Kayaking the Missouri River
August 12th, 2017 | Back to Blog Listing

As part of my adventure through Kansas City, Dave had organized a super badass trip to kayak down the Missouri River with me and our mutual friend, Dawn. He had actually done a shorter version of the trip before on a canoe with his brother and niece, but this particular trip was a three and a half hour tour in kayaks. While I wouldn't have thought it would be super difficult, I know that my arms and shoulders were sore for two days following and it definitely puts a toll on your back too, so it was a lot harder than I'd have thought.


From left to right: Dawn, Dave, me


The Missouri River is enormous for one; at certain places it has to be a few hundred yards wide. The trip started with the river moving pretty slow, but it would certainly pick up at various places. There are never really rapids in it, per se, but there are parts where it turns pretty hard and creates powerful eddies on the surface. One of those would eventually get me.

While the river itself is enough to contend with, there is also boat traffic as well as barge traffic. There are old graineries, strip mines, and power plants along the way, so it's very much setup to accommodate enormous commercial and industrial traffic.

When we were about two hours into the float I decided to tackle one of the “rapids”. Getting through the water itself was fine, but as I merged back towards the steady flow of the current, I wound up getting swept into a giant eddy. I didn't have any problem with it spinning me backwards and then twirling me around a little bit, but the force of it turned me so quickly that it threw off the balance of the kayak and eventually turned me over into the water. Both Dave and Dawn were too far downstream to immediately do anything about it. Of course I was also the only of us not to be wearing his life-jacket (it was extremely uncomfortable wearing it while also squeezed into the tiny compartment of the kayak).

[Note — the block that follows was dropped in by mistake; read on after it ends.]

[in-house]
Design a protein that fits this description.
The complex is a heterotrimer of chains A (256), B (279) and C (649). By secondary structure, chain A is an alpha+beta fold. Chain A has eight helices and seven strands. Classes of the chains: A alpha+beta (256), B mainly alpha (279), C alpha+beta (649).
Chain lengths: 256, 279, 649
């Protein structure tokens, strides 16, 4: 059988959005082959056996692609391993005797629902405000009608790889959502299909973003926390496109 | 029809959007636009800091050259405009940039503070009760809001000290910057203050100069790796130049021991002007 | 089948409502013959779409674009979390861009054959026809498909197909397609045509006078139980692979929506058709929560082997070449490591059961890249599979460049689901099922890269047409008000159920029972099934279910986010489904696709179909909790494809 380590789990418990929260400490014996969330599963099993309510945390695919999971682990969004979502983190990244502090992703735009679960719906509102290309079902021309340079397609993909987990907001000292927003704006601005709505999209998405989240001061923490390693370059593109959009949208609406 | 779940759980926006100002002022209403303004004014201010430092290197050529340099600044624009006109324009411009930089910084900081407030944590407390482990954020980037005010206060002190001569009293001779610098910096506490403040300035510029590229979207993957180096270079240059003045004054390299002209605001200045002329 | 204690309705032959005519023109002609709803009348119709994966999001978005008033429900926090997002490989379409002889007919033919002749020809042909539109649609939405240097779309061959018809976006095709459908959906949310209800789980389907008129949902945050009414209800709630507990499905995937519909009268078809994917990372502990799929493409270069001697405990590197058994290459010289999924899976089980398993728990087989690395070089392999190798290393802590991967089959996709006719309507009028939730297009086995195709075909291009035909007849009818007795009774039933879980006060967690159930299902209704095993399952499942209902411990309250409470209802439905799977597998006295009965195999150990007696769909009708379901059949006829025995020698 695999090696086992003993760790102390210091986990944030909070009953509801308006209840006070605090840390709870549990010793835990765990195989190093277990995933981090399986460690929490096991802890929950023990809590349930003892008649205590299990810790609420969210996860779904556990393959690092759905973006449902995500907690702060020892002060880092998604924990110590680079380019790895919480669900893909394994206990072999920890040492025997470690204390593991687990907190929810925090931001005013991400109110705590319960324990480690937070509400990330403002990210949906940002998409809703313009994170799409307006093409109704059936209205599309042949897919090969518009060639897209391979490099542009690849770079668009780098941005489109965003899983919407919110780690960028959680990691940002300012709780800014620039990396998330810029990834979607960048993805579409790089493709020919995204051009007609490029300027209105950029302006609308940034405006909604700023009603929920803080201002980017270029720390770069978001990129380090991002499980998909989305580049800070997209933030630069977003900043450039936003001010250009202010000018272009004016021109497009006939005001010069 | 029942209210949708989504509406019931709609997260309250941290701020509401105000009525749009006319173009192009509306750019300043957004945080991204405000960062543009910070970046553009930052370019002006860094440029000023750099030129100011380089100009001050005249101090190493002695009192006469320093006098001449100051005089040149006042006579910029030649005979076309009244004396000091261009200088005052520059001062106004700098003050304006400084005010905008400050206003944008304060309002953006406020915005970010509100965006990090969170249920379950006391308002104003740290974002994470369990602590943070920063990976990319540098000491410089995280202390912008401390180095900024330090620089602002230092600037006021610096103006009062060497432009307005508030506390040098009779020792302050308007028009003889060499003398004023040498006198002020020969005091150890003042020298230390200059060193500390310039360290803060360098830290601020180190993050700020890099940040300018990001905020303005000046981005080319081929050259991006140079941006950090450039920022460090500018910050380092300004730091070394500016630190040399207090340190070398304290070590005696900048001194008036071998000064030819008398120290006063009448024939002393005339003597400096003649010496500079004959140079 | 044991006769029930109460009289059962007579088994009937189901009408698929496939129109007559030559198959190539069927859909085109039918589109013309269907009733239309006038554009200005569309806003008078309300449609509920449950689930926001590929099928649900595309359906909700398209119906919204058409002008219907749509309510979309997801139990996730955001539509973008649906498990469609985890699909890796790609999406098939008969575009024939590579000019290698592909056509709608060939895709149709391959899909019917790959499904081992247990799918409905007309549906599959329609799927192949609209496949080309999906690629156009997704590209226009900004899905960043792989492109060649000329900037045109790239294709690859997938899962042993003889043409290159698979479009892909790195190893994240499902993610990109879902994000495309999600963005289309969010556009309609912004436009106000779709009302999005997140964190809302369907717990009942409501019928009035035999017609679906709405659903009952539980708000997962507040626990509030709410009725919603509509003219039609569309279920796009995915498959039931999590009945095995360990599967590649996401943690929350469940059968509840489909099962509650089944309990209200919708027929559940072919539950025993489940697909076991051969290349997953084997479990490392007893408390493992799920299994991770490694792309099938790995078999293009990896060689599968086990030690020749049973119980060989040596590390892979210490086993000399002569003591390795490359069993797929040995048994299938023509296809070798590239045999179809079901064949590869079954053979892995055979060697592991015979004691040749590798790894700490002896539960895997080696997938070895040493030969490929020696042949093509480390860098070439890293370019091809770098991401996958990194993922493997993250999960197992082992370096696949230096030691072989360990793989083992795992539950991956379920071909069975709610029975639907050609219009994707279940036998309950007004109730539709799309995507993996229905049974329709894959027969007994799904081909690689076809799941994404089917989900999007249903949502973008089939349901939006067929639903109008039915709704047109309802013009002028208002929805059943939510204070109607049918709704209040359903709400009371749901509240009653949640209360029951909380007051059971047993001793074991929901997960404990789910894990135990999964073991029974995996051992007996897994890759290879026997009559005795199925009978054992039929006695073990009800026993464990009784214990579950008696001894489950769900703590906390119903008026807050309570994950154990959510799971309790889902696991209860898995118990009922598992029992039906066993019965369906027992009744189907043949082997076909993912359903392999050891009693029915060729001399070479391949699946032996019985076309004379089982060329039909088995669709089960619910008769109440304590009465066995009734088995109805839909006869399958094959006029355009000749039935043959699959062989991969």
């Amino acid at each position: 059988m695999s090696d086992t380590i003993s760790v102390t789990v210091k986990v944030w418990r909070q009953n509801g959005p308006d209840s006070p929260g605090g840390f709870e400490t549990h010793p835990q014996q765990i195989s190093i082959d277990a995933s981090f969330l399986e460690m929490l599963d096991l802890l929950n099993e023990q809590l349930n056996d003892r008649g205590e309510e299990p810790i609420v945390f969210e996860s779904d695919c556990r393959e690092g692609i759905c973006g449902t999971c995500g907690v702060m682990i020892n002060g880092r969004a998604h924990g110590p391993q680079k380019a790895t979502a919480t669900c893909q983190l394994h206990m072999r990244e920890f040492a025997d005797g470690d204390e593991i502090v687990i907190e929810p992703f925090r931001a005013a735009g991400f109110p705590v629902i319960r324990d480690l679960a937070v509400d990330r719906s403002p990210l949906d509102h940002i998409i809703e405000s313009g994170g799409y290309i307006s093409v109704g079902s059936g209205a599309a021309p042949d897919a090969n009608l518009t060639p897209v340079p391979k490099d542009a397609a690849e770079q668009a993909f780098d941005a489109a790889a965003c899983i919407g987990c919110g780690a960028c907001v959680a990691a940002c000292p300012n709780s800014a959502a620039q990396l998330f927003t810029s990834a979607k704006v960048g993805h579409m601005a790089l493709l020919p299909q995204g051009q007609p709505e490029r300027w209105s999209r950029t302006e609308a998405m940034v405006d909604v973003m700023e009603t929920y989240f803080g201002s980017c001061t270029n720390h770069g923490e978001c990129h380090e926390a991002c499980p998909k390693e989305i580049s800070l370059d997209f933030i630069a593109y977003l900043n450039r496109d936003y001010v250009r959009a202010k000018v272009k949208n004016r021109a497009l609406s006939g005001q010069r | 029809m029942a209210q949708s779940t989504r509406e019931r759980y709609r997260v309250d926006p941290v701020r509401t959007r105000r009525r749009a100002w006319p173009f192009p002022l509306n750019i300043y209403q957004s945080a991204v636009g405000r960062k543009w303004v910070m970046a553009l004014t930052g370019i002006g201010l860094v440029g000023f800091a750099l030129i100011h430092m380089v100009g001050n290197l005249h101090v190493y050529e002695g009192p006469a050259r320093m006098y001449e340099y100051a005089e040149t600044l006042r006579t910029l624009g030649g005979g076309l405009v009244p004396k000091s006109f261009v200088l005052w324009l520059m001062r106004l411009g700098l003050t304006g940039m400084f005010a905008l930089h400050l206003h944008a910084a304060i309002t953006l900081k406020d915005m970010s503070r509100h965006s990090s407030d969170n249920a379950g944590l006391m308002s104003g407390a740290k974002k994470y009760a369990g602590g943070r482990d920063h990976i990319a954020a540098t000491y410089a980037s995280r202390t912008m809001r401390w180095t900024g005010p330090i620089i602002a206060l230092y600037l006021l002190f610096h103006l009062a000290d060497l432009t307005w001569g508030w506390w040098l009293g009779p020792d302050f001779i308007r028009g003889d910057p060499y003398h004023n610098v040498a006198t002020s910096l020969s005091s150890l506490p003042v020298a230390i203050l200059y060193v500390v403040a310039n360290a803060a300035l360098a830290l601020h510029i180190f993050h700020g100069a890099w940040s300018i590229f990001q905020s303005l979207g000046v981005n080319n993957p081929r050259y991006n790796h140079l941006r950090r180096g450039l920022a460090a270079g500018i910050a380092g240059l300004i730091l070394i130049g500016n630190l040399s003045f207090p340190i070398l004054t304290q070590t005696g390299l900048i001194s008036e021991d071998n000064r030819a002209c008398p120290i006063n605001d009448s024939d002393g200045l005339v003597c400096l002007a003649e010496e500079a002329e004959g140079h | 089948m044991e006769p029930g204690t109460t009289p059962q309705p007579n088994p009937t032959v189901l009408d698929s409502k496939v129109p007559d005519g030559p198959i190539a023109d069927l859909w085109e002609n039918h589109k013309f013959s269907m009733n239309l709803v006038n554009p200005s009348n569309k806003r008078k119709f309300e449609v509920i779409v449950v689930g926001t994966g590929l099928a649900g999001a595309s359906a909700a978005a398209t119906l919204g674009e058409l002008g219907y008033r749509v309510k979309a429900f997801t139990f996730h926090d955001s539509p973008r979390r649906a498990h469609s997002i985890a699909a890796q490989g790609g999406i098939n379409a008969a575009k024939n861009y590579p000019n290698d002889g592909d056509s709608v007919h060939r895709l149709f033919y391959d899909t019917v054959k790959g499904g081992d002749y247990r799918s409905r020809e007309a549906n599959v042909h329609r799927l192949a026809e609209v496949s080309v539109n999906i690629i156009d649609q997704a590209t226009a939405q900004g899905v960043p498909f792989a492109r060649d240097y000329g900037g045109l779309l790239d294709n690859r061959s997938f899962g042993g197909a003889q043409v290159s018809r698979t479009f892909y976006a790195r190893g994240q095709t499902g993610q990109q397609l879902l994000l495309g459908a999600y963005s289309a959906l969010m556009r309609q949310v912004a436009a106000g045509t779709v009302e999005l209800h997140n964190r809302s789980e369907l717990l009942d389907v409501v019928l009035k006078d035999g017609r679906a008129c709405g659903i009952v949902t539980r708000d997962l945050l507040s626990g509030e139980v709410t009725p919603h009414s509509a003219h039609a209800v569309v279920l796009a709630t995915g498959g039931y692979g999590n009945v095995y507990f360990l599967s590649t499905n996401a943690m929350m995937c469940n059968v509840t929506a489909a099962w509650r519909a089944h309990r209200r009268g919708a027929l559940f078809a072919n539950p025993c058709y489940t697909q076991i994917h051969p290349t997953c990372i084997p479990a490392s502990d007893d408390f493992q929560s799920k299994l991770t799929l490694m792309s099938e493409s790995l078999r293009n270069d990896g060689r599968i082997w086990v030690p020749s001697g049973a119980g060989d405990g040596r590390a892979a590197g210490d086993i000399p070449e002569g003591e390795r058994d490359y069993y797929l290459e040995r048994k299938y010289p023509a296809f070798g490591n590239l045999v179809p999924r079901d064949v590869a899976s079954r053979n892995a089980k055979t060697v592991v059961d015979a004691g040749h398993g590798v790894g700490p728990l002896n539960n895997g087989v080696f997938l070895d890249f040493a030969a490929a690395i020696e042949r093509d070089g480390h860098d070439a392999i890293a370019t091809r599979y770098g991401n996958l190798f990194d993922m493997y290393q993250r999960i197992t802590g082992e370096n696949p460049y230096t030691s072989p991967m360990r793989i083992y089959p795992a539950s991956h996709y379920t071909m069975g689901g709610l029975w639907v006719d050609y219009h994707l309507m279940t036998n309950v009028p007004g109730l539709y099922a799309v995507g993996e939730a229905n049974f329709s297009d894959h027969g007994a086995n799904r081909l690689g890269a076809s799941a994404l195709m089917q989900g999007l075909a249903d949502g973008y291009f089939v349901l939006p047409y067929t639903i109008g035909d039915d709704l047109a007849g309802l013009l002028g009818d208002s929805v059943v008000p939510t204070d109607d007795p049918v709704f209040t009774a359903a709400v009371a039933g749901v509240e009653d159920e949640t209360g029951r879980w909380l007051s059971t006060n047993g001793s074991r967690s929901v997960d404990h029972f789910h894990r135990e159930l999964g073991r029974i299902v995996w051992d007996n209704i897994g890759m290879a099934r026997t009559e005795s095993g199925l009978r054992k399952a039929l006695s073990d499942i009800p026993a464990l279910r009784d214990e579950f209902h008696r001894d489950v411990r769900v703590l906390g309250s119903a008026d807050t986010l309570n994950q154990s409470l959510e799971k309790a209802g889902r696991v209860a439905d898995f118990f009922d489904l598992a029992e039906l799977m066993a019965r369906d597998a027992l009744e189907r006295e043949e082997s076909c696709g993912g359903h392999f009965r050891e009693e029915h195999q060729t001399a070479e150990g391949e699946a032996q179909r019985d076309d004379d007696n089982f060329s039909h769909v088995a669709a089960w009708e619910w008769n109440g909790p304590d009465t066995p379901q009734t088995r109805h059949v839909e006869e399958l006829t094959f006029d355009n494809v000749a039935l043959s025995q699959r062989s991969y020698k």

Shortly after having tipped over twice in the kayak and now soaking wet (which felt pretty wonderful in the hot Missouri sun)


Given that I had our wallets, keys, and other valuables in my dry bag, my first priority was to make sure that didn't sink. It didn't, but I've never owned a dry bag before and so I wasn't sure if it would or not. Once I had that in my hand, I donned my life-jacket from within the water as I was being pulled downstream and started working to flip my kayak back over. I quickly succeeded and started to climb back into it. Unaware of just how much water it had taken on when it flipped, it immediately flipped over again given how unstable it was. It wasn't until that moment that I realized I had a real problem. I was stuck about 100 yards from the shore in a river swirling with eddies and unable to gain any control of my kayak. I finally managed to flip it over again, place all of my belongings inside of it, and very carefully balance myself on top of it while I slowly paddled orthogonal to the current towards the muddy shoreline. It wasn't over once I got there.

The shoreline was an almost immediate drop off and so it was not particularly easy to pull the boat onto the shore (though I was lucky this particular part of the river even had a shoreline at all). Once I eventually got it up there I had to flip it upside down and then lift it from side to side in order to evacuate all of the water from it. When I finally accomplished that, I fixed myself snugly inside of it from the shore and then started throwing my body weight forward to slowly push it back into the water (noting again that even a few feet from the shore was way over my head since it's a dredged river).

Thankfully Dawn had come back to ensure that I was okay while Dave was just too far downstream to fight the current. It was actually a lot more comfortable in the boat once I was soaking wet and when I eventually caught back up and re-formed our little kayak trio, we had a good laugh. At me, not with me.